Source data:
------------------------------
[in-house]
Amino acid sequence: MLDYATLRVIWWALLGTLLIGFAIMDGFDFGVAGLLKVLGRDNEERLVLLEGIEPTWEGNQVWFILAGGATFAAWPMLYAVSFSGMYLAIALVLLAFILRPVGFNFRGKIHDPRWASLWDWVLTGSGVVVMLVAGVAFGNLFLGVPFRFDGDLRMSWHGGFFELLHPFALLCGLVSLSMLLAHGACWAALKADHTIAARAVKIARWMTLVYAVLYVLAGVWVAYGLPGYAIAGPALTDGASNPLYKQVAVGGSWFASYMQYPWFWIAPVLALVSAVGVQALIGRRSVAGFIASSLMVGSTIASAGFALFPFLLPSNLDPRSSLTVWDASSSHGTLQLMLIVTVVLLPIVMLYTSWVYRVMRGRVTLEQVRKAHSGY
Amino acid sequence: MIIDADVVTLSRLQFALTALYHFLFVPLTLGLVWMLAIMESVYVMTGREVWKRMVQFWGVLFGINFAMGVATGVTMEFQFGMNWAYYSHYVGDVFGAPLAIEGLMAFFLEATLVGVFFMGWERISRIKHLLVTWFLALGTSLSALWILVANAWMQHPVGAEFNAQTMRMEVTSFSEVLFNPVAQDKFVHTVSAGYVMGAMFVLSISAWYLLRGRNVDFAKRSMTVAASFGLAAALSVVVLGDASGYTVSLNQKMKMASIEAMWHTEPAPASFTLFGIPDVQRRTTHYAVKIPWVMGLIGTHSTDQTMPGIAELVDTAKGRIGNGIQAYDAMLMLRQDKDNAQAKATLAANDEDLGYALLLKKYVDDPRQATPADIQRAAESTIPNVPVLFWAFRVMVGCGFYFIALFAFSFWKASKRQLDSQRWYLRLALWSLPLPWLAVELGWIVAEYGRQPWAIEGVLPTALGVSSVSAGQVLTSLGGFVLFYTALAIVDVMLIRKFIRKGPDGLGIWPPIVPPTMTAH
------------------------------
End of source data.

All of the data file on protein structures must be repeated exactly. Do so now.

[in-house]
Amino acid sequence: MLDYATLRVIWWALLGTLLIGFAIMDGFDFGVAGLLKVLGRDNEERLVLLEGIEPTWEGNQVWFILAGGATFAAWPMLYAVSFSGMYLAIALVLLAFILRPVGFNFRGKIHDPRWASLWDWVLTGSGVVVMLVAGVAFGNLFLGVPFRFDGDLRMSWHGGFFELLHPFALLCGLVSLSMLLAHGACWAALKADHTIAARAVKIARWMTLVYAVLYVLAGVWVAYGLPGYAIAGPALTDGASNPLYKQVAVGGSWFASYMQYPWFWIAPVLALVSAVGVQALIGRRSVAGFIASSLMVGSTIASAGFALFPFLLPSNLDPRSSLTVWDASSSHGTLQLMLIVTVVLLPIVMLYTSWVYRVMRGRVTLEQVRKAHSGY
Amino acid sequence: MIIDADVVTLSRLQFALTALYHFLFVPLTLGLVWMLAIMESVYVMTGREVWKRMVQFWGVLFGINFAMGVATGVTMEFQFGMNWAYYSHYVGDVFGAPLAIEGLMAFFLEATLVGVFFMGWERISRIKHLLVTWFLALGTSLSALWILVANAWMQHPVGAEFNAQTMRMEVTSFSEVLFNPVAQDKFVHTVSAGYVMGAMFVLSISAWYLLRGRNVDFAKRSMTVAASFGLAAALSVVVLGDASGYTVSLNQKMKMASIEAMWHTEPAPASFTLFGIPDVQRRTTHYAVKIPWVMGLIGTHSTDQTMPGIAELVDTAKGRIGNGIQAYDAMLMLRQDKDNAQAKATLAANDEDLGYALLLKKYVDDPRQATPADIQRAAESTIPNVPVLFWAFRVMVGCGFYFIALFAFSFWKASKRQLDSQRWYLRLALWSLPLPWLAVELGWIVAEYGRQPWAIEGVLPTALGVSSVSAGQVLTSLGGFVLFYTALAIVDVMLIRKFIRKGPDGLGIWPPIVPPTMTAH